Five Things Nobody Tells You About Mental Illness
I have heard so many misconceptions, so I figure I would give you an insider view on life with a mental illness. I have borderline personality disorder, so I have heard just about everything in the book.
- Going to the psychiatric hospital: Most would assume that this would be a nightmare with padded walls, frightened screams in the hallway, people licking windows, arm and leg restraints, etc, but this is the furthest from the truth. Last week upon my arrival to my partial hospitalization, I sat in a meeting room, a patient lounge filled with coloring books, books, water, apple cider, a chalk board, and friendly faces chattering amongst themselves. A school for mental health is a friendlier, more welcome term than “mental hospital”.
- Don’t judge a book by its cover: Don’t assume someone is healthy based on their outward appearance and/or demeanor. It often hides behind a mask of smiles, laughter, etc, so others don’t realize the person is going through hell each day. I had this experience, as I built the image of a happy bubbly young woman who seemed to have it all together. Inside, I was unraveling until I had a nervous breakdown that lead to an almost-suicide attempt. Nobody even knew.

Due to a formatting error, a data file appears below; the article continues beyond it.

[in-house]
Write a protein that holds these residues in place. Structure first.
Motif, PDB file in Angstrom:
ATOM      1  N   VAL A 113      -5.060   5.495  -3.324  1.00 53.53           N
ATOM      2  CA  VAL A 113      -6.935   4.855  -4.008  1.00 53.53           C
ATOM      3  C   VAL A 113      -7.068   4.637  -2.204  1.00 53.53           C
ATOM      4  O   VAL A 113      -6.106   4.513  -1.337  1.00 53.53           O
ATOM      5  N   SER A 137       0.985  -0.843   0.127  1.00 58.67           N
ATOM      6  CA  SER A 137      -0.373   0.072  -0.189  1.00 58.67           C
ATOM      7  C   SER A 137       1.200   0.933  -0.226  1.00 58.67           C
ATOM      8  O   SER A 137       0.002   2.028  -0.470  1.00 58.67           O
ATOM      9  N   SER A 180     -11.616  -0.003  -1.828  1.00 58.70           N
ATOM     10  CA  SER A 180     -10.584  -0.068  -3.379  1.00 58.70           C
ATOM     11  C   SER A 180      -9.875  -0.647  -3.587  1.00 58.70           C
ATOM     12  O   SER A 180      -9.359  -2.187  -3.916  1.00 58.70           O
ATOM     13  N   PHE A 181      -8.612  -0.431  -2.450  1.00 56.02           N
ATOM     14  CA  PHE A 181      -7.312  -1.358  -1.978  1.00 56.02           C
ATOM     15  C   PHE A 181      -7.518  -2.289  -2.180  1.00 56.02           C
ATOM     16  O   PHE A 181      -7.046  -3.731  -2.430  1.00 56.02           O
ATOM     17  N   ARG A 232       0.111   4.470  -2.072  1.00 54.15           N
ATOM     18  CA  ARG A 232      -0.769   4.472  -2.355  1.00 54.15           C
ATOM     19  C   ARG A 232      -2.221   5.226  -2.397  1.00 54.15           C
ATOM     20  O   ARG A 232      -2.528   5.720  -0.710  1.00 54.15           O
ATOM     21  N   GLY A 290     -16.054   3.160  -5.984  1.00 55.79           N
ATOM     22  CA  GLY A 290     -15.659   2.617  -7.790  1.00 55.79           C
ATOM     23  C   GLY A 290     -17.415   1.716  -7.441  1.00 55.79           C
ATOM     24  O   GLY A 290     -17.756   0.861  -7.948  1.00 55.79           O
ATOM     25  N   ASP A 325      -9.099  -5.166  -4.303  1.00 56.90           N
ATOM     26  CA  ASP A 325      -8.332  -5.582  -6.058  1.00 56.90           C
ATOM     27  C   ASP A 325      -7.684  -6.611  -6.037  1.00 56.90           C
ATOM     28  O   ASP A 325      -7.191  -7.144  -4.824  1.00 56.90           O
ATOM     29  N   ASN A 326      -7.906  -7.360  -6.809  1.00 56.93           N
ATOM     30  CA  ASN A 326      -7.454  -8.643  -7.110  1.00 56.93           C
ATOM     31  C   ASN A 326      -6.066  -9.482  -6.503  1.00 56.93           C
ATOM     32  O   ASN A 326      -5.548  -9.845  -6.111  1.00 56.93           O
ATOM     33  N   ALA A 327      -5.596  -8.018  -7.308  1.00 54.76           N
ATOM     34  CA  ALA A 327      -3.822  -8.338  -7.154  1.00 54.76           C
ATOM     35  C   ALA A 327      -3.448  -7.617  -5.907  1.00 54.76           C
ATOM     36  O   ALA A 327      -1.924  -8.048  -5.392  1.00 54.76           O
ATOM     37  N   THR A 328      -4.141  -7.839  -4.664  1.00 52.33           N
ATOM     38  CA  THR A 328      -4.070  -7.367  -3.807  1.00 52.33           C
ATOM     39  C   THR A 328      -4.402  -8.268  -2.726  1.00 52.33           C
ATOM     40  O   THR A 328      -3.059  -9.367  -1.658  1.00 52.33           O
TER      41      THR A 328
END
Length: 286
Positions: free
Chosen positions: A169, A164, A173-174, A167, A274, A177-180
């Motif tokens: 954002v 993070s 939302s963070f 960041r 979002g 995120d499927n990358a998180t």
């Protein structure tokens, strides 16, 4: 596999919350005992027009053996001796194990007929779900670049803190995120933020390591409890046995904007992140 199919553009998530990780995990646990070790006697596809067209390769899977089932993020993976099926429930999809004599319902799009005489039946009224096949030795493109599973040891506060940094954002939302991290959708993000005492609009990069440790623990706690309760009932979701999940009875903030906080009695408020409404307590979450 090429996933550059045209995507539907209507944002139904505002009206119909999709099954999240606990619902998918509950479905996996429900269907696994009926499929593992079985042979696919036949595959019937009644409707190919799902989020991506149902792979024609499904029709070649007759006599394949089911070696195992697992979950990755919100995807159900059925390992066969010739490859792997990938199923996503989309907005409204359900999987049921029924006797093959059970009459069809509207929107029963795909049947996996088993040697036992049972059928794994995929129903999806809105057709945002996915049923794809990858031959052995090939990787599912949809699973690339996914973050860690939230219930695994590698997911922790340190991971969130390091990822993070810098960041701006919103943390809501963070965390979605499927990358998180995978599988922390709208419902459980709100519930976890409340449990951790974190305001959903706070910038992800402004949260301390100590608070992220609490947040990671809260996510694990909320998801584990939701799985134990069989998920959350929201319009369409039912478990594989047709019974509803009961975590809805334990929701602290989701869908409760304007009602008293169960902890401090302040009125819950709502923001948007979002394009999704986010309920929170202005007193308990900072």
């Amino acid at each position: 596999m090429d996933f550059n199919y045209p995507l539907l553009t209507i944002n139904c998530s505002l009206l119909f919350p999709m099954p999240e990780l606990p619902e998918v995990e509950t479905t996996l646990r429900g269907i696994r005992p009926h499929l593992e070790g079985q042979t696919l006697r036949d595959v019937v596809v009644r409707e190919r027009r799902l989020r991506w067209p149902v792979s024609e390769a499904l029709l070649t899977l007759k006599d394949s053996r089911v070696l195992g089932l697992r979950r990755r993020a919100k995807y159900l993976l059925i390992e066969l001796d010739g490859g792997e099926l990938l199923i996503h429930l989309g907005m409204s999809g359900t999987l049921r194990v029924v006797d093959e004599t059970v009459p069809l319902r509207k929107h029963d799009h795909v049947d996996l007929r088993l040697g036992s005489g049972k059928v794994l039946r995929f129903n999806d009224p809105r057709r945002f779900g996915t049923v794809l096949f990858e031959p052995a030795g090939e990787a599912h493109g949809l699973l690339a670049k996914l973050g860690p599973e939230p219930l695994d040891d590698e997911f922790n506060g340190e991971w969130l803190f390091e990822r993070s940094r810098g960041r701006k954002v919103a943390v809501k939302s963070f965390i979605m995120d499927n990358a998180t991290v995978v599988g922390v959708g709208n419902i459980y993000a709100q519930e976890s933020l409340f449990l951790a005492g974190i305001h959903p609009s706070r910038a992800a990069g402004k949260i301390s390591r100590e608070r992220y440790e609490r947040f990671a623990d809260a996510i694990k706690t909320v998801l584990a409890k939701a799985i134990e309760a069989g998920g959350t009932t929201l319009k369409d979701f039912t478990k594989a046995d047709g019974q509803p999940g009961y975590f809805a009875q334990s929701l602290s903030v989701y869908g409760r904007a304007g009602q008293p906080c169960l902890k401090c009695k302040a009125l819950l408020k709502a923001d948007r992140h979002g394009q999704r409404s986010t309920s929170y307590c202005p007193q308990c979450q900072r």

- We want to talk about it, so please don’t avoid the subject in order to avoid triggering someone. Even though I built an image of someone who had it all together, I wish someone sat down with me, and didn’t accept me telling them I was fine. I cried and poured out my heart when someone knew better and told me they felt that something was troubling me. Talking really helps us process our emotions and thoughts and get out what is weighing on our hearts.
- We are dying for love and affection! Even if we are at our worst, angry and agitated, we crave love. In fact, when we lash out (or in), that is when we need love the most. Please be patient, and offer love and affection. Please love on us, and reassure us that you will love us no matter what. We cannot help sometimes when our mental illnesses act up, so we are afraid of you leaving. Please take a break and take care of yourself, but do not leave, no matter what!
- We are aware when we are being irrational. I know I’m not speaking for everyone with a mental illness, as we are all unique. When we are being irrational, please listen, and wait for the storm to pass. Once we are done talking, crying, yelling, mumbling, etc, and we are calmed down, that is when you should remind us of the coping skills we are taught in counseling. Please also refer to 3 and 4 above. We are craving love and affection, and yes, we want to talk about it.